Why in the name of Ebenezer Scrooge do technology marketers rate collateral as their top content-marketing priority for 2012?
If you haven’t read Part 1 of this two-part post, please give it a quick read now. You’ll discover that surprising finding from a recent survey by IDG, the technology media and research company. You’ll also find a couple of theories around why high-tech marketers might be focused so intently on what some might consider an old-fashioned, outmoded marketing tactic.
If you’ve read Part 1 and are looking for the 7 collateral planning considerations it promised, here you go.
How can your organization take its collateral to another level of effectiveness and efficiency in 2012? Try building a New Year’s Collateral Resolution around one or more of these ideas.
“In 2012, I resolve to start making our organization’s
collateral more _____________.”
Start with your core sales presentation. If the first few slides, or first dozen, are all about your company — tenure in business, employee headcount, hyperbole around being “biggest, leading, largest” — either delete or move them way to the back. On second thought, just go ahead and delete them. Then create fresh content that synthesizes what’s going on in your customers’ world. What’s causing businesses in their category to flourish or fail. What’s making people like them get promoted or fired. Carry that mindset over to sell sheets, putting benefits and features in proper order and balance. Instead of making your organization the hero of case studies, make the person who hired you or bought your product heroic.
Collateral doesn’t have to sound, look or be dull, dusty and corporate. That’s just the way we’ve chosen to create it over the years, assuming that credible and convincing content is one thing, while entertaining and engaging are something different. If it’s been a while, consider hiring an outsider to take a crack at telling and visualizing the story in a fresh, unconventional way. Not necessarily your story. THE story. The one that will grab and resonate with your target audience, as they look for a solution to whatever nagging need or untapped opportunity your product or service solves.
If you’re betting against mobile devices becoming more prominent within the sales process — on your side and the customers’ — you’re going to lose that bet. In the past week I’ve spoken with marketers and sales reps from three Fortune 500s that have made the move to tablet devices as a primary sales support tool, or plan to do so within six months. Will you be among the first in your category to optimize collateral for mobile in inventive ways — or will you bring up the rear?
If Lincoln had asked a B-to-B sales rep to deliver the Gettysburg Address, she would have done some quick rewriting to make it suit her speaking style. Rumor has it that when God handed Moses 10 commandments, Moses suggested some quick rearranging before they were set in stone. In other words, even the best sales presentation or collateral kit won’t fit every sales user just right. Focus on ways you can provide brand-approved, on-strategy content building blocks and templates, while allowing users some freedom to create and personalize.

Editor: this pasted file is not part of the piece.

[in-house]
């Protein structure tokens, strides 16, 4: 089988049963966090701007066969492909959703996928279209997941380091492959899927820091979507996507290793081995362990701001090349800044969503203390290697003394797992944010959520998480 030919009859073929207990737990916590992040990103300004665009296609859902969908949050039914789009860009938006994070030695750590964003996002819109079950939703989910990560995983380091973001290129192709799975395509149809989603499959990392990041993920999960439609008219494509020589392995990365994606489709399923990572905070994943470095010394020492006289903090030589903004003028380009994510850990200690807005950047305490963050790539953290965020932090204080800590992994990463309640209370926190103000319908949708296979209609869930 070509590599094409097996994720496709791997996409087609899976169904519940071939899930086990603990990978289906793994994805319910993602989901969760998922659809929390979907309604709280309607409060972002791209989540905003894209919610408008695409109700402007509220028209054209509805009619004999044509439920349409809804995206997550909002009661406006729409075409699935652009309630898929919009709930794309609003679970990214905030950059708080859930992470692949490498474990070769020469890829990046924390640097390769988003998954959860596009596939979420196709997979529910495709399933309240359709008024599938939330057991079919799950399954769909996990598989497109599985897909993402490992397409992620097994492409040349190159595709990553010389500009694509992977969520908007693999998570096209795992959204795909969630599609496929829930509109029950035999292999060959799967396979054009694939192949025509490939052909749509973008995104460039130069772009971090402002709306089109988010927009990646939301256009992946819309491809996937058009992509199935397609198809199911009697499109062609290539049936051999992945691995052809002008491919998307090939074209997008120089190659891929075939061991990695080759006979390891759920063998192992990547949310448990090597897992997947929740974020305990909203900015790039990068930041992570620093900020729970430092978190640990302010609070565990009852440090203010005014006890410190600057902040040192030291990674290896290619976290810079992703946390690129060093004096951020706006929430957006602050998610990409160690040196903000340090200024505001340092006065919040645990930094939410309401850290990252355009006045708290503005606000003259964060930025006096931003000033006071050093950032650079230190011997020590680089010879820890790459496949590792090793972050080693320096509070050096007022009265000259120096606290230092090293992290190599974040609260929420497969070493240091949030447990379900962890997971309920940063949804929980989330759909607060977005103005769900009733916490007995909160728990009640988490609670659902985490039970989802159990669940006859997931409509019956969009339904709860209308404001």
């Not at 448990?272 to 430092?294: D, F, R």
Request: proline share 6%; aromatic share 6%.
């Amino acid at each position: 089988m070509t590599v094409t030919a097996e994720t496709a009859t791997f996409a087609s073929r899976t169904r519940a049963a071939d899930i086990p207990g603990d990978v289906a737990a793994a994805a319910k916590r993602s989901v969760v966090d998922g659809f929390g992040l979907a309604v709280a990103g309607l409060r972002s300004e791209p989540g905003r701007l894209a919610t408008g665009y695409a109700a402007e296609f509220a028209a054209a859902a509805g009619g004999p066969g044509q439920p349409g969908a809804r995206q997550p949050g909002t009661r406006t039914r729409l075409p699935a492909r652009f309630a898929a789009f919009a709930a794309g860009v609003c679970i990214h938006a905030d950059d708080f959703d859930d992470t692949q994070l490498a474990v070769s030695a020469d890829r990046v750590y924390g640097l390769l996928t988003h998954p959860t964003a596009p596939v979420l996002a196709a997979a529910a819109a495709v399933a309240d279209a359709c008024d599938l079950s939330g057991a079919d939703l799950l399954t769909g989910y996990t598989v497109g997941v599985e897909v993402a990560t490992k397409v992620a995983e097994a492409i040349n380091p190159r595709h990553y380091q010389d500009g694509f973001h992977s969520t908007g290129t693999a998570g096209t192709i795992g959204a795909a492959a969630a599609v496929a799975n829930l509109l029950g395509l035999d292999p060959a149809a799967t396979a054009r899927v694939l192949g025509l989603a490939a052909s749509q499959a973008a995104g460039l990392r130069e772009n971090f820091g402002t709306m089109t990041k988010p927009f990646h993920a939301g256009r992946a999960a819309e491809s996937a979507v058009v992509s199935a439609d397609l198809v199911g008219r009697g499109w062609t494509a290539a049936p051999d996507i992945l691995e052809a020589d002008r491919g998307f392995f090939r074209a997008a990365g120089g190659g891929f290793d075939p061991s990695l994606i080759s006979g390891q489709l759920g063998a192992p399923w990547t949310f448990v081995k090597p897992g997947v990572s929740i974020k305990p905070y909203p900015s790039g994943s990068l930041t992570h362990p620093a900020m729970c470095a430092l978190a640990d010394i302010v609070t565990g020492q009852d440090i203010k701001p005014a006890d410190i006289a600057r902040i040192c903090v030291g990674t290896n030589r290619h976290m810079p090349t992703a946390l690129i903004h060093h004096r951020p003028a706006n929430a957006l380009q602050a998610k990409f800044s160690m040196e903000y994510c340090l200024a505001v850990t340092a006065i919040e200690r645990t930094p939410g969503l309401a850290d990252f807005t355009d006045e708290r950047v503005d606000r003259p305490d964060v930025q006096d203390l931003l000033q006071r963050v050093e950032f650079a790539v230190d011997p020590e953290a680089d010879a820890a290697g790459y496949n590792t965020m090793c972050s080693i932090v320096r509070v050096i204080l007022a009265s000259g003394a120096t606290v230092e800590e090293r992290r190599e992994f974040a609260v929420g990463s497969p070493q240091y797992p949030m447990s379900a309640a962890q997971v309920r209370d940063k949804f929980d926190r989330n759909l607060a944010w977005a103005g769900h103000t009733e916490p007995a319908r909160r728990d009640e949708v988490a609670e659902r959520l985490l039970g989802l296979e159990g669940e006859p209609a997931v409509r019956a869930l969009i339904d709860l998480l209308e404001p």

Are you creating the same parts and pieces of content over and over within multiple silos? Your collateral system gets smarter as soon as you find ways to create the same piece of content once, then redeploy it from a central repository into multiple applications — website, collateral, proposals and more. Collateral gets even smarter when you can update all those implementations automatically each time one of those core pieces of content gets changed at the central library level.
Video is the logical next big collateral step for many organizations, but don’t forget calculators, generators, custom mobile applications, widgets and other tools. Remember, content isn’t only information. It’s also interactions and experiences. Whatever it takes to move a customer or prospect forward in their engagement with your brand.
Make 2012 the year you begin marching toward a point where you no longer send a package of print pieces, or even e-mail attachments, as follow-up to customer or prospect inquiries. Instead, you empower sales reps and customer service agents to quickly compile custom website experiences for customers and prospects. As your audience visits those sites, you track content consumption patterns and plan future follow-up accordingly. Turning collateral into a navigable, measurable online experience truly makes it part of an overall, strategic content marketing continuum.
Thanks for taking the time to read Touch Point City’s first-ever two-part blog post. Did it make a difference in how you’re thinking about collateral going forward? Have you already substantially reinvented what collateral is, and what it does, for your company and its customers? Please share your thoughts and best practices in comments.